Greetings from Jo Pryke

Editor of The Gaskell Society Journal

11 November 1997

I feel honoured to be made editor of The Gaskell Society Journal in succession to Alan Shelston. Alan will stay with us, as Consultant Editor, and we have an editorial committee of Janet Allan, Elizabeth Williams and Alison Foster. We look forward to reaching an ever widening circle of Gaskell enthusiasts as the Journal's circulation grows and spreads.

This website gives us the opportunity to say to all Gaskell scholars that we welcome proposals for material for the Journal. Work on Gaskell's fiction, non fiction, letters or life, or matters of context, comparison, or criticism, will be carefully considered. My e-mail address is

What can I add to the reasons for our enthusiasm and affection for Elizabeth Gaskell, that my colleagues in the Society have contributed to this site? Perhaps that I am particularly interested in Gaskell as a writer about ideas. In my M.Phil. thesis, "Political Economy in Literature 1830-1860" (1986), I examined her critique of what we now call classical economics, in North and South. I was increasingly impressed by the strength and subtlety of the presentation of the arguments for and against that powerful set of ideas. I felt that despite the widening recognition of her strengths as a writer of fiction, readers are still, perhaps, often in the same position as her friends, one of whom remarked, 'All her great intellectual gifts . . . were so warmed and brightened by sympathy and feeling, that while actually with her, you were less conscious of her power than of her charm'. The more I read and study Gaskell, the more I see her as a writer fascinated by ideas, and using her stories to pursue their implications.

In connection with this, George Eliot is commonly seen as the great intellectual Victorian woman writer, and of course she was far more the professional thinker than Gaskell. I am interested, however, in the extent to which much in Gaskell's fiction actually anticipated Eliot. Now, would anyone like to do something on that for the Journal. . . ?

Warmest greetings to fellow Gaskell afficionados everywhere.

by Jo Pryke (The Gaskell Society Journal, Volume 4 [1990])

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The Gaskell Society


VOLUME 14 (2000)

Marie Fitzwilliam, "The needle not the pen: Fabric (auto)biography in Cranford, Ruth, and Wives and Daughters"
Shirley Foster, "'We sit and read and dream our time away': Elizabeth Gaskell and the Portico Library"
Linda K Hughes and Michael Lund, "Becoming Mrs Gaskell"
Mary Kuhlman, "Gaskell Studies and the Internet in 1999"
Andrew Sanders, "Serialising Gaskell: from Household Words to The Cornhill"
Joanne Shattock, "Women's Work: Victorian women workers and the press"
Larry K. Uffelman, "Elizabeth Gaskell's North and South: the novel in progress"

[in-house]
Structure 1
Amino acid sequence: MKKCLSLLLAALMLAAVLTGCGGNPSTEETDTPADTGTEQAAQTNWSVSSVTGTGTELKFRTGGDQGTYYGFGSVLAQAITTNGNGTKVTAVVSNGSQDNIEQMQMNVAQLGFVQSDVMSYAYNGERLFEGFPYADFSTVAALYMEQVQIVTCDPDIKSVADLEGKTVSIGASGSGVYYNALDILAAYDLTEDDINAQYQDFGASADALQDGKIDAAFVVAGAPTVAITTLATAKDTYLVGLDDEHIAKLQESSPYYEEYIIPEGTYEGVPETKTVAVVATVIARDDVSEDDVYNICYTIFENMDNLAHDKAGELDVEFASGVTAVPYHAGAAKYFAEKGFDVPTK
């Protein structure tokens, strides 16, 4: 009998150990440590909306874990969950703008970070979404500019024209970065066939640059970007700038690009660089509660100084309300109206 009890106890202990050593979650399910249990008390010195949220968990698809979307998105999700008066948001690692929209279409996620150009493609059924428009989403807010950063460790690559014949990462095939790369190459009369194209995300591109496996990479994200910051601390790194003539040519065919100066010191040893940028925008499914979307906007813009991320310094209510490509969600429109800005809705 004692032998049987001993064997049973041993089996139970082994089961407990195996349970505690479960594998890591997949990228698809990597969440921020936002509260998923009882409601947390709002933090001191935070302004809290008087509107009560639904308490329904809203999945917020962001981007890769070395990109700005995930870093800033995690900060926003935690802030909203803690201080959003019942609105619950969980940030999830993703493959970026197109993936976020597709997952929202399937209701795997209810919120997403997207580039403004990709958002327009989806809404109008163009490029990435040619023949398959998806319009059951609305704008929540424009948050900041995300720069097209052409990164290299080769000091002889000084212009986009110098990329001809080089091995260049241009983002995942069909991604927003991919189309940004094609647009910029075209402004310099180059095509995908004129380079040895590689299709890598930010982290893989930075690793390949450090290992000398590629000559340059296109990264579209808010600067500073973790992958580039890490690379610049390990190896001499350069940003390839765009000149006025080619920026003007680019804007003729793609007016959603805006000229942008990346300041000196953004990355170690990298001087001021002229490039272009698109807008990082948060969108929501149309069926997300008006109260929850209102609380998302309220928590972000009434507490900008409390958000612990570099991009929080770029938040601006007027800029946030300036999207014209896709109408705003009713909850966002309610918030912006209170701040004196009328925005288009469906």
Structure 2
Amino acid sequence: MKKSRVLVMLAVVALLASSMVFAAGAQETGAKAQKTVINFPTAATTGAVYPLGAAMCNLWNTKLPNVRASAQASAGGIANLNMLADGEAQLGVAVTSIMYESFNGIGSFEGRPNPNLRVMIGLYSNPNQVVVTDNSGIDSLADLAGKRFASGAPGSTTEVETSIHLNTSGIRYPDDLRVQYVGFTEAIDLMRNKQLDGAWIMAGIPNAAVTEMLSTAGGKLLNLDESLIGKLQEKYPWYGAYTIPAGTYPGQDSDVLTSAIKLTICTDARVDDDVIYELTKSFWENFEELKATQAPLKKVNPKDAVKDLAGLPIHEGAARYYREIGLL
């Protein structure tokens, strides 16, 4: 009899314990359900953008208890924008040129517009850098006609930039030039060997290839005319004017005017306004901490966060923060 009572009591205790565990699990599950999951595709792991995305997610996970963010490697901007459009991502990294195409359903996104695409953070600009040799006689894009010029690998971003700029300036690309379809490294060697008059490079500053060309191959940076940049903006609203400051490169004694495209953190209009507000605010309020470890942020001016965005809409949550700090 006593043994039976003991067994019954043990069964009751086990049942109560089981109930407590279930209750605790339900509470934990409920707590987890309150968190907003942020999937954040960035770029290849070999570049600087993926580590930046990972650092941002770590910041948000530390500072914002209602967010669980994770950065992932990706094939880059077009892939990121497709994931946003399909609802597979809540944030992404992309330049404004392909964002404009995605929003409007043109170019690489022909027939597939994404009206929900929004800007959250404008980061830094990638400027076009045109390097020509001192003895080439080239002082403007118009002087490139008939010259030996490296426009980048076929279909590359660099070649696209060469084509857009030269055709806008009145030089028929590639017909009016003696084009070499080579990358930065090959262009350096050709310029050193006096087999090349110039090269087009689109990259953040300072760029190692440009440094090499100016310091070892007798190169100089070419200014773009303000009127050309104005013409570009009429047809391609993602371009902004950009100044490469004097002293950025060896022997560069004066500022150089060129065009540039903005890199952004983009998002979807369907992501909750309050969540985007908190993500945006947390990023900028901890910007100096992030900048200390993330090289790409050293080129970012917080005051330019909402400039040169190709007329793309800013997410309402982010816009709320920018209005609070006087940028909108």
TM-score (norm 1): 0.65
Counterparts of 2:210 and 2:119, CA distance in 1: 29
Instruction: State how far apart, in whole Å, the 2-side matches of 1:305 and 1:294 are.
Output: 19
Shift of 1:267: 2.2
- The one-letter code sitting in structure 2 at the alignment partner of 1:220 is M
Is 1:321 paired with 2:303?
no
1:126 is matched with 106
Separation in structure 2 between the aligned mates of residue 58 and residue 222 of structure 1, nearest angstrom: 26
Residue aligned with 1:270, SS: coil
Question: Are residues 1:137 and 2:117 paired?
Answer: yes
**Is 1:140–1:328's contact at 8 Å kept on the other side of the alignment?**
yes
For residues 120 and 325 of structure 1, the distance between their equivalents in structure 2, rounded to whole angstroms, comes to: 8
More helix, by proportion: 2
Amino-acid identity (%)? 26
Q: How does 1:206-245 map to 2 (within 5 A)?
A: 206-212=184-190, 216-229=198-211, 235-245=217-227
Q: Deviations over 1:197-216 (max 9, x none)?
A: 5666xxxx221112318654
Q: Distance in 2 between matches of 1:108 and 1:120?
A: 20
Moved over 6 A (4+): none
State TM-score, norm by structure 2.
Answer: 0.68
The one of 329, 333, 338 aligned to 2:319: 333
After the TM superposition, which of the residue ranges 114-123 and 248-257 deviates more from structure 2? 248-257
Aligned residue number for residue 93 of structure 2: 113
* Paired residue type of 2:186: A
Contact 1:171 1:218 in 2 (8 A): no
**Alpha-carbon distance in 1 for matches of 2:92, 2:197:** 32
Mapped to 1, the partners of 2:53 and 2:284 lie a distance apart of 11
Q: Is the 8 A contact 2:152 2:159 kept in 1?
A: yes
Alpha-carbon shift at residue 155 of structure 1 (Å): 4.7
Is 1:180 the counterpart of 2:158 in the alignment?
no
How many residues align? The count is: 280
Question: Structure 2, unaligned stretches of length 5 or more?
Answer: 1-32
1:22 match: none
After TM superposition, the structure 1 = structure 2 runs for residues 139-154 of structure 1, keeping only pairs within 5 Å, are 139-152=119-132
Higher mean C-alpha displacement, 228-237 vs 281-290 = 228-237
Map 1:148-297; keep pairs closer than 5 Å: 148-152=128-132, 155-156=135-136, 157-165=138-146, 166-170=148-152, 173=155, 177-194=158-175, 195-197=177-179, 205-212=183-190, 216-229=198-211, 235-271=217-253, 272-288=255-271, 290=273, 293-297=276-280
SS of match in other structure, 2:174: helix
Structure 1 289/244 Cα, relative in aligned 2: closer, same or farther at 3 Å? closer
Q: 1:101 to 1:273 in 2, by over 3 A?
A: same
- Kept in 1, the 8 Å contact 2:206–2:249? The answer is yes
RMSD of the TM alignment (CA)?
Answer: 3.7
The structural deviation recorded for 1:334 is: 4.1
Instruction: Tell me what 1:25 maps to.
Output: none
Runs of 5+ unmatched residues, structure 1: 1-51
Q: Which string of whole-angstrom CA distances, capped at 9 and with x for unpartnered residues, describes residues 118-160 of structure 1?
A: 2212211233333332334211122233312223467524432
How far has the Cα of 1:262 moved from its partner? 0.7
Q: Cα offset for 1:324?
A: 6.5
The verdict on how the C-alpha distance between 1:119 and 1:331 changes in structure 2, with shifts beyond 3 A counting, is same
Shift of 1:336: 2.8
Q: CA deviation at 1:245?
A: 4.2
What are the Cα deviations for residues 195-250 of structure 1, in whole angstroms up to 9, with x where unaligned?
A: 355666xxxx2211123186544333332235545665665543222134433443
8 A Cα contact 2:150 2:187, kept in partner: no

Patsy Stoneman, "Wives and Daughters on television"

VOLUME 13 (1999)

Josie Billington, "Faithful realism: Ruskin and Gaskell"
Alain Jumeau, "Elizabeth Gaskell on French literary ladies of the seventeenth century: Madame de Sablé and Madame de Sévigné"
Mary Kuhlman, "A survey of Gaskell scholarship, or: Things written recently about Gaskell"
Margaret Lesser , "Madame Mohl and Mrs Gaskell"
Pam Parker, "'The Power of Giving': Elizabeth Gaskell's Ruth and the politics of benevolence"
Jo Pryke, "Wales and the Welsh in Gaskell's Fiction: sex, sorrow and sense"
Terry Wyke , "The culture of self improvement: real people in Mary Barton"

VOLUME 12 (1998)

Peter Skrine, "Elizabeth Gaskell and her German Stories"
Peter Stiles, "Calvin's encounter with Cinderella: vital antinomies in Elizabeth Gaskell's 'Curious, If True' (1860)"
Janice K Kirkland, "'Curious, If True': suggesting more"
Marie Fitzwilliam, "Mr Harrison's Confessions: a study of the general practitioner's social and professional dis-ease"
Valerie Smith, "Fact or fiction, the acid test: Gaskell, Mary Barton and the vitriol"
Suzy Clarkson Holstein, "In harm's way: tolerating intolerance in Elizabeth Gaskell's fiction"

VOLUME 11 (1997)

Angus Easson, "Getting it right: Elizabeth Gaskell and The Life of Charlotte Bronte"
Heather Sharps, "Elizabeth Gaskell and Sir James P Kay-Shuttleworth - a literary relationship"
Dorothy W Collin, "Strategies of retrospection and narrative silence in Cranford and Cousin Phillis"
Simon Dentith, "Generic diversity in Elizabeth Gaskell's Mary Barton"
Robin Colby, "Elizabeth Gaskell: a model of motherhood"
Ruth McDowell Cook, "Women's work as paradigm for autonomy in Gaskell's My Lady Ludlow"
Mariaconcetta Costantini, "The Sexton's Hero"
Mitsuharu Matsuoka, "Gaskell studies and the Internet"
Shirley Foster, "Gaskell in paperback"

VOLUME 10 (1996)

Francesco Marroni, "The Shadow of Dante: Elizabeth Gaskell and The Divine Comedy"
Mary H Kuhlman, "Education through experience in North and South"
C. M. Jackson-Houlston, "Elizabeth Gaskell, Manchester song and its contexts"
Andrew Sanders, "A crisis of liberalism in North and South"